Where we stand‎ > ‎News & Comment‎ > ‎


posted 8 Oct 2018, 13:24 by Gerry Kangalee   [ updated 8 Oct 2018, 13:36 ]
We’ve been here before.

On 31st December 2006, BWIA pretended to close. In the six months prior to that, they had set up a new Company called Caribbean Airlines and recruited key workers, pilots, cabin crew, engineers, from existing employees.

The last BWIA flight left Piarco airport heading for London on 31st December 2006. Three days later this very same plane, with the same pilot and the same cabin crew returned to Piarco airport now calling themselves Caribbean Airlines.

Like Cinderella's glass slipper, BWIA apparently disappeared in a puff of smoke on the stroke of midnight, halfway across the Atlantic.

When BWIA shut up shop, everything was transferred to Caribbean Airlines. Assets, BWIA Miles, lease agreements. Everything, that is, except the workers, Union recognition and the collective agreement.

But BWIA wasn’t the first. The National Union of Government and Federated Workers (NUGFW) had a similar experience in 1997 when Cannings Foods sold their Coca Cola franchise Caribbean Bottlers. The workers were made redundant, most re-employed a few days later minus Union recognition.

A similar situation took place at the supermarket Tru Valu, which had eight stores and where Banking Insurance and General Workers Union (BIGWU) was the recognised Union.

Tru Valu transferred four stores to a newly established company called Eastern Commercial Lands. On 29th September 2003 they made all the staff in these four stores redundant, and two days later offered them jobs without their Union.

There was some resistance to these developments, but it took many years and took a legal path.

Initially, the NUGFW lost its matter in the Industrial Court. The Court took the view that, once the workers had received the severance payment, all obligations under the Collective Agreement had been fulfilled and the Union's recognition ended.

BIGWU had more success in challenging Eastern Commercial Lands. They won a successorship claim in the Industrial Court which, on Appeal, was upheld. This was important because Court of Appeal decisions are binding on the Industrial Court.

The criteria used by the Court of Appeal to determine that Eastern Commercial Lands was the successor to Tru Valu were called “the three substantials”. Essentially this was that the new company was carrying on substantially the same operation, in substantially the same way with substantially the same workers.

It was this Court of Appeal decision that enabled CATTU, one of the former BWIA Unions, to argue successfully that Caribbean Airlines was, in reality, BWIA in another name. It took ten years for the matter to wend its ways through the Industrial Court and, even now, is subject to Appeal.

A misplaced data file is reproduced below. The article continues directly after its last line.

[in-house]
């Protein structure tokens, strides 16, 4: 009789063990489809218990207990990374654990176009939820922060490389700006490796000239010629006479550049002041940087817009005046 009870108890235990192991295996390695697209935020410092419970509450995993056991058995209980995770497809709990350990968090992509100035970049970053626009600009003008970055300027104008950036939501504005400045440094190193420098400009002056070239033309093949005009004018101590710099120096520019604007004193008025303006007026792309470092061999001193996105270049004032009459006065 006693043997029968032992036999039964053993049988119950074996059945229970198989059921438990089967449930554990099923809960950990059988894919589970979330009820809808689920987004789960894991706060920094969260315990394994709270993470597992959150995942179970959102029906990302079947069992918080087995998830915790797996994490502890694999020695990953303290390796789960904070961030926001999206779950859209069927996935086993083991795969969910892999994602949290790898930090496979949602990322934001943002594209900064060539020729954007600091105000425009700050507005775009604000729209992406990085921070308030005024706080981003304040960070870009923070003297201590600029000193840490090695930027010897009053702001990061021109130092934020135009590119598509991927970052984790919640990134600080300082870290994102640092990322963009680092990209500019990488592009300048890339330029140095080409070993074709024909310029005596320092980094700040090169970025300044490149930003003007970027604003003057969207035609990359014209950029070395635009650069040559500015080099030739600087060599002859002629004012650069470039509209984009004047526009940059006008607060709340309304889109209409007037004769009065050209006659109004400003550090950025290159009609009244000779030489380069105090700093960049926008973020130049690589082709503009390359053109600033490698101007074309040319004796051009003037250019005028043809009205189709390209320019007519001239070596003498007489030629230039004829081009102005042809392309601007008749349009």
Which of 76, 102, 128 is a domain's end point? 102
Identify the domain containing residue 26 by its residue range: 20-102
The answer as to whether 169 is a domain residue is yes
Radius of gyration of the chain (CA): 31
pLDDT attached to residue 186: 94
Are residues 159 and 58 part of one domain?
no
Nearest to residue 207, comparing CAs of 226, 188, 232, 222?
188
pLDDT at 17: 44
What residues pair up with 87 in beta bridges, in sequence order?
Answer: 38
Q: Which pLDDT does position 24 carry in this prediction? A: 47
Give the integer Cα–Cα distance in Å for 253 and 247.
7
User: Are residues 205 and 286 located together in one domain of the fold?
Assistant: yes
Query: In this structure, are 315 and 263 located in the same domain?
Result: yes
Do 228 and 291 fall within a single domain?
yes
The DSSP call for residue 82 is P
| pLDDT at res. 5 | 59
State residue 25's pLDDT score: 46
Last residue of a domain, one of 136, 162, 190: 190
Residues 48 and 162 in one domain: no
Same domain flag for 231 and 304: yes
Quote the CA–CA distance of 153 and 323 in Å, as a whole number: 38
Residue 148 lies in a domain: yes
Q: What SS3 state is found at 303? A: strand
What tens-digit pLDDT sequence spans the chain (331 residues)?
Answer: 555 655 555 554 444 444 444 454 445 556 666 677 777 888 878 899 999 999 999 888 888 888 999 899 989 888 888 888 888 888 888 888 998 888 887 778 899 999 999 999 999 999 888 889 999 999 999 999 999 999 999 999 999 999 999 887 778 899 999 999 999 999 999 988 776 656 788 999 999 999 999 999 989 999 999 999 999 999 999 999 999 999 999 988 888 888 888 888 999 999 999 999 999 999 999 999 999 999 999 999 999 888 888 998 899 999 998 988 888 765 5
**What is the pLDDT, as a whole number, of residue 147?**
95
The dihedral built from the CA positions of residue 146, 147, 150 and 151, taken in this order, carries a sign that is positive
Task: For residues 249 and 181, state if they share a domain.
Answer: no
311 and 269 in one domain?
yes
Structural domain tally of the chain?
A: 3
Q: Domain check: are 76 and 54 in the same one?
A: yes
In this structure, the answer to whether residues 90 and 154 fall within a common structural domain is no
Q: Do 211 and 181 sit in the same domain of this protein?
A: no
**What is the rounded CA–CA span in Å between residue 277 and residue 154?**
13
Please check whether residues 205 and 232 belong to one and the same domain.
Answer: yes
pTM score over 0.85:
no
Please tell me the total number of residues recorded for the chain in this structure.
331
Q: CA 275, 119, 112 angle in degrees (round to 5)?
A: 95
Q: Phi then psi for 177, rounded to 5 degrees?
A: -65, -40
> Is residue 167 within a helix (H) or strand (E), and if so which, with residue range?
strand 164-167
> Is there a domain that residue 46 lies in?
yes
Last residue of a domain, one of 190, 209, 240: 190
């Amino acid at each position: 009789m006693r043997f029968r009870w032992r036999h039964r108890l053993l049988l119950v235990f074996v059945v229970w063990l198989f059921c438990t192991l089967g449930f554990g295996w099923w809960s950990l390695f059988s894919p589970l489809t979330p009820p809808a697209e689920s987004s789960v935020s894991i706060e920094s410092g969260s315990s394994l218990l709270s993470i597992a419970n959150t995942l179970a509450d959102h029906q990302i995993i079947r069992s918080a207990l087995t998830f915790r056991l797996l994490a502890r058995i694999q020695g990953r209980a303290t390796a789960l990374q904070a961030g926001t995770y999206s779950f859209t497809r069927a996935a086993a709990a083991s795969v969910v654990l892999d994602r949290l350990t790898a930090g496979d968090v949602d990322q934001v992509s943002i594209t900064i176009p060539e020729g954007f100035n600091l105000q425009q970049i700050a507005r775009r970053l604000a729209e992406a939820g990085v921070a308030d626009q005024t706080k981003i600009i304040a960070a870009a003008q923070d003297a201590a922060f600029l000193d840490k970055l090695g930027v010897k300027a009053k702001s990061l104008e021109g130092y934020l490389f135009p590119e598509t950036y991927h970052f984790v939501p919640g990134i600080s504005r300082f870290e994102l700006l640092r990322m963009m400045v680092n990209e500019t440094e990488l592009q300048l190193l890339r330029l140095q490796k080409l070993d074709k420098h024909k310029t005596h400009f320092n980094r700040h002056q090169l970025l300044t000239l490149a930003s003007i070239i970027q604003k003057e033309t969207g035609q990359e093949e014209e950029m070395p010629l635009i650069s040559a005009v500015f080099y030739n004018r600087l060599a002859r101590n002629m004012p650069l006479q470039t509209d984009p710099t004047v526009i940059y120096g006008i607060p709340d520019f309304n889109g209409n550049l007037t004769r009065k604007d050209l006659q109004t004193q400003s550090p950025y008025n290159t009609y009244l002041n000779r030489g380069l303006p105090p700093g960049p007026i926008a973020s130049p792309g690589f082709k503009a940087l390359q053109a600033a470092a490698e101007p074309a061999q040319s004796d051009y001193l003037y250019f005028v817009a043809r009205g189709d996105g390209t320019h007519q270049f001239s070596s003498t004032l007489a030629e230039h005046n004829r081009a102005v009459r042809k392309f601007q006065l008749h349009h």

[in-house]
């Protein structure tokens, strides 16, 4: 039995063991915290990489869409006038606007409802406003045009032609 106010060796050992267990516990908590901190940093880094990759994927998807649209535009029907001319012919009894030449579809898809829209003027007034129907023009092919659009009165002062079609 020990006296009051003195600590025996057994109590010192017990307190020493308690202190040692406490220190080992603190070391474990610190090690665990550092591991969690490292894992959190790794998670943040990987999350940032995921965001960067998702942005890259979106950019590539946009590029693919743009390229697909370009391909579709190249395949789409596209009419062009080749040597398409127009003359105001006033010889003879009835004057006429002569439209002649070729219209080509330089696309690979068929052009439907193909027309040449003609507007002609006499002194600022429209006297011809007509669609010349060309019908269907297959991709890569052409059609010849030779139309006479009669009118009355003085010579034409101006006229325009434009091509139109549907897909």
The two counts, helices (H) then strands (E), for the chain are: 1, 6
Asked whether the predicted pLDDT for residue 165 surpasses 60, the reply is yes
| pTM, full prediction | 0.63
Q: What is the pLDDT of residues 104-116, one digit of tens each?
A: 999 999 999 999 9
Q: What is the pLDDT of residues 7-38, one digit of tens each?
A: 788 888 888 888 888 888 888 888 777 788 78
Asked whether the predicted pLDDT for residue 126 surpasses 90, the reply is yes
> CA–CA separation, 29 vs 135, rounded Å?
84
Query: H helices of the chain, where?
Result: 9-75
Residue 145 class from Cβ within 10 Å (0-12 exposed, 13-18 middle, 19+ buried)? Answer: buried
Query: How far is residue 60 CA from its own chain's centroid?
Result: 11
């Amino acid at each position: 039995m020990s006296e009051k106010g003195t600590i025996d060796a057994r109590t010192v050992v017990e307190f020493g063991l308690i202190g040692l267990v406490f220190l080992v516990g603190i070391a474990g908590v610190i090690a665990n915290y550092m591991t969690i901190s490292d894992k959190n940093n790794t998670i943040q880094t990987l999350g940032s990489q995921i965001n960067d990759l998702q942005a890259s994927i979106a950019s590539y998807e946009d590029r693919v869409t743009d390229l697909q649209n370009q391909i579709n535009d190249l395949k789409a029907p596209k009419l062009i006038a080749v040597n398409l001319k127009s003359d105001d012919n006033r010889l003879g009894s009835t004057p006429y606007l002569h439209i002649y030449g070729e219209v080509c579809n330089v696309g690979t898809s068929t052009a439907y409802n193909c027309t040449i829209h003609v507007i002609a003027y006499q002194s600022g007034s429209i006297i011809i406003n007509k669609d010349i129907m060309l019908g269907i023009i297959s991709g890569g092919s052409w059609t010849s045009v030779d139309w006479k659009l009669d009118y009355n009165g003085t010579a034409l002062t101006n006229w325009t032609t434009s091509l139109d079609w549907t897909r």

It should come as no surprise to us, then, to find that the Board of Petrotrin has decided to make every single Petrotrin worker redundant. The pattern is well-established. It is well trodden ground.

We recognise Union busting when we see it. Keep a close eye on TSTT.

The plan to close Petrotrin has to be seen in the context of the closure of Caroni and Arcelor Mittal. As always, workers pay the penalty
Image result for UNION BUSTING for greed or mismanagement of the employers.

It's not only putting profits before people that is the problem. It's a complete failure to look at the bigger picture and plan ahead strategically that is inherent in a capitalist economy. Planning for profits for the few and not for the longer terms needs of the many

Union busting is one thing. Denying workers the right to organise in the first place is something else.

It has always been difficult or organise workers. The legislation in Trinidad and Tobago is designed to make it difficult. But when employers, with unlimited resources, use lawyers to challenge how unions organise this has to be seen as part of the bigger picture of the employers’ offensive.

The High Court decision to remove Union recognition from BIGWU at the Royal Bank is part of a growing tendency to legally challenge any successes that the Unions can achieve.

We are not alone.

Amazon, whose profits topped US$2 billion for the first time in 2018, discovered that some of their workers were trying to join a union. The response? A 45 minutes video to train the workers: “We do not believe unions are in the best interest of our customers, our shareholders, or most importantly, our associates.” says Amazon.

At least it's not as bad as Colombia where, over the past 20 years, about 3000 trade unionists have been murdered.

But there is resistance.

Workers in Britain working for McDonald's - now dubbed McStrikers - and TGI are currently launching a series of strikes to demand pay increases above minimum wages. Low paid workers in Wal-Mart in the US have fought back. It’s not easy. But then it never was.

The challenge for the trade union movement is to remember how to organise workers. In Trinbago well over 80% of workers are not unionised.

As Marx said, “what the bourgeoisie therefore produces, above all, are its own grave-diggers.” The message is clear. The struggle will never end until the working class holds the reins of power.